The North Port


TO PERTH again, that most Scottish of cities; dining round a corner, parallel to the river, in a hunkered down, completely wood panelled, tight and very low ceilinged room that even Sir Walter Scott wouldn’t wrinkle his tights at.

Warm and just-baked bread, lemon balm butter, pea and hazelnut for dipping, the hubba bubba of the douce Saturday lunchtime set-menu set bouncing soothingly, occasionally rather noisily, off the walls. This is the North Port. A restaurant I tried to get into last week and was almost shooed out the door for not having a booking. I can now see why.

It’s small, it’s almost elbow-bumping busy and without giving too much away it’s very, very good. Not that we’ll realise just how good until these main courses arrive.

On my plate then two plump, rose gold fillets of that ugly fish the gurnard; made beautiful by being gently cooked until the skin crisps, the white flesh firms (without drying), and all seasoned so completely perfectly that it is simply delicious. Slow-roasted potato, carrots and a splash of parsley oil turning this all into a fabulous thing.

Black Isle beef cheeks for Debs, maybe cooked sous vide they’re so darkly moist; kale, rosemary, mushroom and turnip alongside. Both dishes an easy 10/10. Both dishes I’d have again tomorrow.

Strange, then, that the starters weren’t nearly so good. A Scrabster plaice terrine with lemon puree and toast, pure white again, firm, skilfully made, assembled on the plate like a collection of jewels, but underseasoned.

The haggis, neeps and potatoes? A dish I ordered in a moment of madness when the waitress startled me by saying it is made here freshly every morning – maybe it’s a Perth thing. But slightly dry, to me wholly unspiced, completely dominated by the super sweetness of the neeps and like the terrine utterly devoid of seasoning.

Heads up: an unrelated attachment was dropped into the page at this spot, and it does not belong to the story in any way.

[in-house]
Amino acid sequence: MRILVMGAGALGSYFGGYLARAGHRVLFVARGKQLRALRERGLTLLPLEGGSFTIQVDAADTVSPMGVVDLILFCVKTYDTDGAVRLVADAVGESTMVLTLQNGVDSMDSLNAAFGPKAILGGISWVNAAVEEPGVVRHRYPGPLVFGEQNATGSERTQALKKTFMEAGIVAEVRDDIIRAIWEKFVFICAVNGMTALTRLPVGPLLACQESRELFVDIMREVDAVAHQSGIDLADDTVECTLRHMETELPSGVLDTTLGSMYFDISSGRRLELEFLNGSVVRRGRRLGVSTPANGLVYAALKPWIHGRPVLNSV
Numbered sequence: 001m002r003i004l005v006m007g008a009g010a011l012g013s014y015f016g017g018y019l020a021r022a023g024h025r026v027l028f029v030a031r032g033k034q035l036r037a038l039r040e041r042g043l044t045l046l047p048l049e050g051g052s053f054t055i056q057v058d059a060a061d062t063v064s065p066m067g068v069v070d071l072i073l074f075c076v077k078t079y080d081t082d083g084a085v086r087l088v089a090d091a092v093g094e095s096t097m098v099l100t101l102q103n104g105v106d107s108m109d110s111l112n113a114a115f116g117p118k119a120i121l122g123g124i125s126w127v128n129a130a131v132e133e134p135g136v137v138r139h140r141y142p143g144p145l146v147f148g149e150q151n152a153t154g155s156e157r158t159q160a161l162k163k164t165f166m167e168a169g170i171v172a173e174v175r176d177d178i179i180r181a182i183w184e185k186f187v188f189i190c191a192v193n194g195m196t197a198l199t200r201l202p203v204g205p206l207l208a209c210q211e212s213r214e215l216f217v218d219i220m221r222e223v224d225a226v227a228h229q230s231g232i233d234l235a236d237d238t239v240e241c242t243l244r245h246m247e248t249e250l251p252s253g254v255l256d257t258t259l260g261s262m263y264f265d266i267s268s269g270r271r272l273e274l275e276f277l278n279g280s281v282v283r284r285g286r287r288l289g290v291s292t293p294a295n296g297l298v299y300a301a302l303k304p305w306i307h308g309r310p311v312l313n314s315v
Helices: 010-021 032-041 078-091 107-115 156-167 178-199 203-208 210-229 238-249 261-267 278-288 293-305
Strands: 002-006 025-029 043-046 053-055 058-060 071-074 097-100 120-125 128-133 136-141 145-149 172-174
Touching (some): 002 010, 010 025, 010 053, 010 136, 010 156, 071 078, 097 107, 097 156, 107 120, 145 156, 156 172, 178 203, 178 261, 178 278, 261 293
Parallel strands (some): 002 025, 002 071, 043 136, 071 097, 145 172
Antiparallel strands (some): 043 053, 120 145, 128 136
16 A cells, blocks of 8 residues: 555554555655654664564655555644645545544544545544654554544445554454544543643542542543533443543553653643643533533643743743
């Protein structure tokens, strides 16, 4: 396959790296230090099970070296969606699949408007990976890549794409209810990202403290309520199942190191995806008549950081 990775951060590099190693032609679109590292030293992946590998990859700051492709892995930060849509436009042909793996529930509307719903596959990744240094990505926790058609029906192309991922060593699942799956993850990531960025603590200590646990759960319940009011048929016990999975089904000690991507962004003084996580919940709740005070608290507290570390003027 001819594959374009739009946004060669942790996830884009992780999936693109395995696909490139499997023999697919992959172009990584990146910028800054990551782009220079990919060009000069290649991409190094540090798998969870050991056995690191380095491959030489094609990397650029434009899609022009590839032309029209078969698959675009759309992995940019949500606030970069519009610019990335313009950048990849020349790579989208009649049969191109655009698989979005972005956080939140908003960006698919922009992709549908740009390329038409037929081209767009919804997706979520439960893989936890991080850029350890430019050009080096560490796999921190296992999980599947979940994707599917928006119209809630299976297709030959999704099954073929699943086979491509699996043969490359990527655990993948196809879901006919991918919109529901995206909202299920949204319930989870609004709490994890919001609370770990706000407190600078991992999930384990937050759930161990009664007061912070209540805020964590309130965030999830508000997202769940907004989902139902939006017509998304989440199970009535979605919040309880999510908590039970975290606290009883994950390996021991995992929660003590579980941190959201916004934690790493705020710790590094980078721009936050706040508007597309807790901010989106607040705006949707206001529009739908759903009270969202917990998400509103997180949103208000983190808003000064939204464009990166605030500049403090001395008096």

Weird. I actually can’t eat it. It’s like two entirely different chefs, with completely opposing views on salt, made the starters and main courses at stations at completely opposite ends of the kitchen. Weird again.

Fortunately I got nervous about ordering that haggis and at the last minute spot there’s a daily specials menu with Ardoch hogget belly, hazelnut, pickled chanterelles and apple. So I have that too. When it arrives the preparation skills in the kitchen are again obvious, it’s neatly and tightly rolled, crisped even burnished, painted with those dark juices that I remember from childhood roasts that were cooked in an enamelled self-baster and, of course, it’s sweetly caramelised. Flavoured so richly that the acidic tang of the apple and the tingle of those tiny chanterelles are definitely needed to bring the tastebuds bursting back to the surface.

And the portion? Two large slices on two plates? £5.95. For a moment we’re baffled by this double plate thang, but the waitress says the kitchen have split a portion and served it this way so we can both have a taste.

The Corinthian, Glasgow. Restaurant review by Joanna Blythman

And before you ask, the table was booked under a false name, no warning given to the restaurant it’s going to be reviewed, or is being reviewed or even has been reviewed.

Seasoning issues aside what a bargain this set menu meal will turn out to be. We’re eating from the three-course for £17.95 lunch and pre theatre (until 10pm Tuesday to Thursday) version but there’s an a la carte too.

Loch Etive trout, Portmahomack pork, Falkland farm chard, roast white turnip and Perthshire pigeon. It looks so unusually and completely Scottish, so enticing, that I’m momentarily tempted to order from it until I remember the culinary suicide that usually results from tossing an a la carte order grenade into a kitchen that’s dancing full tilt to the tune of a set-menu service.

Something to come back for, then.

Desserts of poached rhubarb, Knockraich yoghurt and candied fennel (sweet and crunchy) and a gooey bramble ganache follow. Good stuff. Very good stuff.

The North Port

8 North Port


01738 580867

Menu: That rarest of things: a properly Scottish yet still appetising menu which manages to avoid going anywhere near the usual lazy suspects. 5/5

Service: Pleasant, efficient, friendly and yet very busy without looking it. 4/5

Atmosphere: Low ceiling, wood panelled, small but atmospheric dining room, they’ve even got a spiral stair. Can get noisy though. 4/5

Price: Full fat prices on the a la carte but the set menu's excellent value at £18 for three courses for lunch and £20 for dinner. 5/5

Food: That delicious gurnard is one of the best dishes I’ve eaten all year, the beef up there too. Still Scotland’s best non-Michelin-starred restaurant. 8/10